Future Proofing Your Family Home

A home to last generations is something to consider when building or renovating. It is not surprising that the needs of young families with young kids move to differing needs as they get older.


When kids are young they generally want to keep you in eye sight and with this in mind we have seen over the last decade or so the ‘kids playroom” incorporated as a must have into the floor plan. It is worth considering when doing this, how this room could be used in the future, what storage benefits it may have as well as airflow to ensure it is comfortable to ‘hang out in’ for the different uses as the years go by.


At our Belgrave project the kids playroom sits off the main living area. Future proofing of this space sees the incorporation of under stair storage as well as power points across two walls to potentially convert in the future to an office or small guest room.



Allambie house was set up with a potential future office/ study area in mind. The wall could also be closed off completely keeping a bookshelf on the living side and incorporating a door. Ventilation is provided in this space by louvres and the floor space at 3 x 3.5m allows for an adequate guest bedroom or office on the ground level.



An interesting project at the Inge house (link back to projects), saw a raise and build that required three bedrooms to be incorporated downstairs while the main bed with one extra remained upstairs. As the children in the family were very young (picture baby and toddlers) we decided to build one large bedroom downstairs so that two children could share. Regardless of the layout, some families like the idea of children sharing rooms at such a young age and this can easily be achieved with some foresight. The room was future proofed by allowing the layout to be easily adapted into two separate rooms as the children got older. This included wardrobe layout with a study nook that could easily be converted into a new door opening without having to build new cabinetry. Windows were set so that once a wall was built in the middle each room would have a symmetrical window opening.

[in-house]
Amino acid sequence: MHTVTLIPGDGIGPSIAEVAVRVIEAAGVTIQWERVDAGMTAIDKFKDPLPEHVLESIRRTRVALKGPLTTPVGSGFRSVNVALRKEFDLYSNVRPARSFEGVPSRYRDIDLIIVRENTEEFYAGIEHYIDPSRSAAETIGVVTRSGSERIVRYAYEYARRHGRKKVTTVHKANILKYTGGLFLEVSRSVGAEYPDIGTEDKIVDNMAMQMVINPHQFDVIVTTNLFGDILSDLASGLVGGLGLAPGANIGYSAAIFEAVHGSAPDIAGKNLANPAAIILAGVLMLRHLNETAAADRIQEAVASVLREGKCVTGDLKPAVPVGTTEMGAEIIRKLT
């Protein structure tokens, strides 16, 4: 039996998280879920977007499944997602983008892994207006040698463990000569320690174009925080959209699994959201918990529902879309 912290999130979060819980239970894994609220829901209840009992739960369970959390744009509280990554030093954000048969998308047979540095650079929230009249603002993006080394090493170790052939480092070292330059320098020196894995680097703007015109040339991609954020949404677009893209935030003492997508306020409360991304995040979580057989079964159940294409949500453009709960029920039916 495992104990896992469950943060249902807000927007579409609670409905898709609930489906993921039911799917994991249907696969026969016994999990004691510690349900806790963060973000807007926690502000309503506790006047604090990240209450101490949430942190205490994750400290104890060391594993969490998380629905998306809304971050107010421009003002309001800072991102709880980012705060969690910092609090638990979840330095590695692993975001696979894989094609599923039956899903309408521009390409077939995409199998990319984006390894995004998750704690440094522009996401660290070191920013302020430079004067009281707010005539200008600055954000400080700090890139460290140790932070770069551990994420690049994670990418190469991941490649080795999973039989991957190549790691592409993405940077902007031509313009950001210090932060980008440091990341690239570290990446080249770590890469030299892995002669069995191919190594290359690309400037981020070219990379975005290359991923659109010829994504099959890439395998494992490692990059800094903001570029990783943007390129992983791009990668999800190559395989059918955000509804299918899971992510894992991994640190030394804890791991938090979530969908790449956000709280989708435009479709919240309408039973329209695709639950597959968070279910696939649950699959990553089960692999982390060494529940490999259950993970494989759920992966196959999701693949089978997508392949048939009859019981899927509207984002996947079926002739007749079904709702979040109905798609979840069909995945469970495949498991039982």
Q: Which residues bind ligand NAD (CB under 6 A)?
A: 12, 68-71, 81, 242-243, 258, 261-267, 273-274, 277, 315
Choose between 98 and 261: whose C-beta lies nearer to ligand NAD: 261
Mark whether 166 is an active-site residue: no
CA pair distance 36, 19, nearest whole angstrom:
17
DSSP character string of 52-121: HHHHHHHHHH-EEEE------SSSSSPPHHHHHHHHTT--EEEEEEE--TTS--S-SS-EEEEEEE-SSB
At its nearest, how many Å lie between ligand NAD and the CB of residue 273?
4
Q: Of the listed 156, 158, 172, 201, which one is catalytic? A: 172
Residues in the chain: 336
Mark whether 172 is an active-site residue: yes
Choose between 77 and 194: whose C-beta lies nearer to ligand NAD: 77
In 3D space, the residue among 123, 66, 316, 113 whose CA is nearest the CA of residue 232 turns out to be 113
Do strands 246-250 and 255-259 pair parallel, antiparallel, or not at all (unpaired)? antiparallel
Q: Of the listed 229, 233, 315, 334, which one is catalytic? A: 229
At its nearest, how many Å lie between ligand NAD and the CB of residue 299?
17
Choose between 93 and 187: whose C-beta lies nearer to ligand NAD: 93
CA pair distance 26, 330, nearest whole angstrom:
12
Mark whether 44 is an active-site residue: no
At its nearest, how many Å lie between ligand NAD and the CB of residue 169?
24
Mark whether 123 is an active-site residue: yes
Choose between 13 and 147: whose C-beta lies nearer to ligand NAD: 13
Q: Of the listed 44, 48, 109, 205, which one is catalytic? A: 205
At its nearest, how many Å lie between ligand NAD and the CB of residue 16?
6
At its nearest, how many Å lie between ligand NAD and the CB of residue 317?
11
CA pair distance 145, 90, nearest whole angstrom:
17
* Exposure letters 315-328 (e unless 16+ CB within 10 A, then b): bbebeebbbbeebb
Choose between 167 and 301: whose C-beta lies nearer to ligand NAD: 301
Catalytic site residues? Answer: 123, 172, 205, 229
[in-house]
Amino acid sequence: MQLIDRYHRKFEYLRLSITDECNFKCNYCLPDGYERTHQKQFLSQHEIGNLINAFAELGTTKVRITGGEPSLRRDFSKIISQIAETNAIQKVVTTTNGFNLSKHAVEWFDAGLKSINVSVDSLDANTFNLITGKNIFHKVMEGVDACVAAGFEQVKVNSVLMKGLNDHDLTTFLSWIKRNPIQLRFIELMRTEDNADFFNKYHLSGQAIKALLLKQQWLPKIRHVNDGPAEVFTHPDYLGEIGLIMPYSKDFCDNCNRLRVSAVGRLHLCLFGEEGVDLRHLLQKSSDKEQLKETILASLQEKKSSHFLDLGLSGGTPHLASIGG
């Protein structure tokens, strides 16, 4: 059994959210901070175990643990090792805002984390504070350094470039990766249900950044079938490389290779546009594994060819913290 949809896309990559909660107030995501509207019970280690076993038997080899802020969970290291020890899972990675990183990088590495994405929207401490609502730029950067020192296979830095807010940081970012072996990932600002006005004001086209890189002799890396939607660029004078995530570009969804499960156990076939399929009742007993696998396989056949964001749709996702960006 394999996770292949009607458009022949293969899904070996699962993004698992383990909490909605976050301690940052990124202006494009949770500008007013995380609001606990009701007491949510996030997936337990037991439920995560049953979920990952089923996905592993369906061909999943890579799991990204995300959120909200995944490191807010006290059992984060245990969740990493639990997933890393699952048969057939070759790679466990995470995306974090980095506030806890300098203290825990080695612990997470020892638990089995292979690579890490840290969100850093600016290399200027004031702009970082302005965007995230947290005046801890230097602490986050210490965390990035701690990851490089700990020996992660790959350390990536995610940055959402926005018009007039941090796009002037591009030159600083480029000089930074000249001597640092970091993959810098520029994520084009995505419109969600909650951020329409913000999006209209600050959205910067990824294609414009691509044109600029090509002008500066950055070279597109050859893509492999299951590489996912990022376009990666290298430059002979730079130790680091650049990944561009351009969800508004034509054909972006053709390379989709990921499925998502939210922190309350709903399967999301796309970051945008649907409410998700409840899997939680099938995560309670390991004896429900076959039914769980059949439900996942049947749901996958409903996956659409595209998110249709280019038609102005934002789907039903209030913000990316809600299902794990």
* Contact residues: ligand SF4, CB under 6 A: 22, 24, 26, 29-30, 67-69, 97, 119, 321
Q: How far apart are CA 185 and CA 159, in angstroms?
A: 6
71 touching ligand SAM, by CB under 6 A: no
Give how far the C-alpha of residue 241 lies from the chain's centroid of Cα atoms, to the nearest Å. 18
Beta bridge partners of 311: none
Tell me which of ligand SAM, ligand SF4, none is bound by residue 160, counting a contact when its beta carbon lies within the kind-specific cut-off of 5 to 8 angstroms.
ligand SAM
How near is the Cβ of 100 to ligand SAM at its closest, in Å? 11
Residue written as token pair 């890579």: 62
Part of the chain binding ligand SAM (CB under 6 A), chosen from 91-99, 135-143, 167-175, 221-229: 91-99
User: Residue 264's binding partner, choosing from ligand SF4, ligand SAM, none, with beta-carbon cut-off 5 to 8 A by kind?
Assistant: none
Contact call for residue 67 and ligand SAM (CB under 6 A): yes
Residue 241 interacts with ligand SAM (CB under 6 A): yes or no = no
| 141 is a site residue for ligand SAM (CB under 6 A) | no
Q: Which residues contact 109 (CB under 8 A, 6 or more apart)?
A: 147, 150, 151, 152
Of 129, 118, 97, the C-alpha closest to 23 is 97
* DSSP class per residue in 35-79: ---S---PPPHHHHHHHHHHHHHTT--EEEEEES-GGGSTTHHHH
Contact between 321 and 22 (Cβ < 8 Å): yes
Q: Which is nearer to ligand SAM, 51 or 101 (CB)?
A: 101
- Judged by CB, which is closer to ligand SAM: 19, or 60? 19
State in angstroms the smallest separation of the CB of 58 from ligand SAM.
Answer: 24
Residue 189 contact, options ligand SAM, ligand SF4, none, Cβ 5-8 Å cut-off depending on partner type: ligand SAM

This forward planning, whilst a little easier to tackle in new builds, can also be achieved with some planning, brainstorming and discussions with us and your architect and designer.